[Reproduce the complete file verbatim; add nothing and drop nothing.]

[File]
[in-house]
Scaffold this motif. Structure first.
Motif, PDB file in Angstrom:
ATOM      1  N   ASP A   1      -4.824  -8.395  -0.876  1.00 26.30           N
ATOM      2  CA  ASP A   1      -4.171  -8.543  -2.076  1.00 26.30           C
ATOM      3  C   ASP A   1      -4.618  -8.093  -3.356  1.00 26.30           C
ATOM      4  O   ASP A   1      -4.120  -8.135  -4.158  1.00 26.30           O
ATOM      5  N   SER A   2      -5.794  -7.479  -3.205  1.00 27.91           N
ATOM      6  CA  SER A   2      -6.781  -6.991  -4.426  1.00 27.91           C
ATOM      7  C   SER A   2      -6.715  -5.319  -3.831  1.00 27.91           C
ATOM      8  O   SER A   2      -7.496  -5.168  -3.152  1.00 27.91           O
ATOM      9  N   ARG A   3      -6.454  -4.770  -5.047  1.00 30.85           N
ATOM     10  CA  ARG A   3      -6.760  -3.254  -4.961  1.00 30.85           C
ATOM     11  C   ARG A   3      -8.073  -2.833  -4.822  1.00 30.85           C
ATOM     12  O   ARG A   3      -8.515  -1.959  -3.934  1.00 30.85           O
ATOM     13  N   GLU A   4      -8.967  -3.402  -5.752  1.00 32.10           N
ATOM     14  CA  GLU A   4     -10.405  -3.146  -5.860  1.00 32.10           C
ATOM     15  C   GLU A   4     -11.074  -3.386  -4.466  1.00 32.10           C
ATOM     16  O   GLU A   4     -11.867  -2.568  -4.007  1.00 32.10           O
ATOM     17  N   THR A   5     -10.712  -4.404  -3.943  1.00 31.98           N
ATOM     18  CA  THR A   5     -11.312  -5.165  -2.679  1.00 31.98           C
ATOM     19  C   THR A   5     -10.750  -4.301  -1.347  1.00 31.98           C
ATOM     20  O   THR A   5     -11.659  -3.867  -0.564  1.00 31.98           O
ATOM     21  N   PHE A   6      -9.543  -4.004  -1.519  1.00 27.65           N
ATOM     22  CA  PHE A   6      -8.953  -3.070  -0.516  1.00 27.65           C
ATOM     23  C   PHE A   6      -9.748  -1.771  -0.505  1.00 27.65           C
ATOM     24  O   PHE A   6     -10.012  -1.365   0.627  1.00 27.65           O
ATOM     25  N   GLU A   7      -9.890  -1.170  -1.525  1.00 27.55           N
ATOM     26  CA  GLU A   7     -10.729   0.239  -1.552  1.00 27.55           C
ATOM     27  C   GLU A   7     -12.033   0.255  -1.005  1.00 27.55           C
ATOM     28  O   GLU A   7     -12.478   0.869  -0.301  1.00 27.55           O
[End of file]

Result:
[in-house]
Scaffold this motif. Structure first.
Motif, PDB file in Angstrom:
ATOM      1  N   ASP A   1      -4.824  -8.395  -0.876  1.00 26.30           N
ATOM      2  CA  ASP A   1      -4.171  -8.543  -2.076  1.00 26.30           C
ATOM      3  C   ASP A   1      -4.618  -8.093  -3.356  1.00 26.30           C
ATOM      4  O   ASP A   1      -4.120  -8.135  -4.158  1.00 26.30           O
ATOM      5  N   SER A   2      -5.794  -7.479  -3.205  1.00 27.91           N
ATOM      6  CA  SER A   2      -6.781  -6.991  -4.426  1.00 27.91           C
ATOM      7  C   SER A   2      -6.715  -5.319  -3.831  1.00 27.91           C
ATOM      8  O   SER A   2      -7.496  -5.168  -3.152  1.00 27.91           O
ATOM      9  N   ARG A   3      -6.454  -4.770  -5.047  1.00 30.85           N
ATOM     10  CA  ARG A   3      -6.760  -3.254  -4.961  1.00 30.85           C
ATOM     11  C   ARG A   3      -8.073  -2.833  -4.822  1.00 30.85           C
ATOM     12  O   ARG A   3      -8.515  -1.959  -3.934  1.00 30.85           O
ATOM     13  N   GLU A   4      -8.967  -3.402  -5.752  1.00 32.10           N
ATOM     14  CA  GLU A   4     -10.405  -3.146  -5.860  1.00 32.10           C
ATOM     15  C   GLU A   4     -11.074  -3.386  -4.466  1.00 32.10           C
ATOM     16  O   GLU A   4     -11.867  -2.568  -4.007  1.00 32.10           O
ATOM     17  N   THR A   5     -10.712  -4.404  -3.943  1.00 31.98           N
ATOM     18  CA  THR A   5     -11.312  -5.165  -2.679  1.00 31.98           C
ATOM     19  C   THR A   5     -10.750  -4.301  -1.347  1.00 31.98           C
ATOM     20  O   THR A   5     -11.659  -3.867  -0.564  1.00 31.98           O
ATOM     21  N   PHE A   6      -9.543  -4.004  -1.519  1.00 27.65           N
ATOM     22  CA  PHE A   6      -8.953  -3.070  -0.516  1.00 27.65           C
ATOM     23  C   PHE A   6      -9.748  -1.771  -0.505  1.00 27.65           C
ATOM     24  O   PHE A   6     -10.012  -1.365   0.627  1.00 27.65           O
ATOM     25  N   GLU A   7      -9.890  -1.170  -1.525  1.00 27.55           N
ATOM     26  CA  GLU A   7     -10.729   0.239  -1.552  1.00 27.55           C
ATOM     27  C   GLU A   7     -12.033   0.255  -1.005  1.00 27.55           C
ATOM     28  O   GLU A   7     -12.478   0.869  -0.301  1.00 27.55           O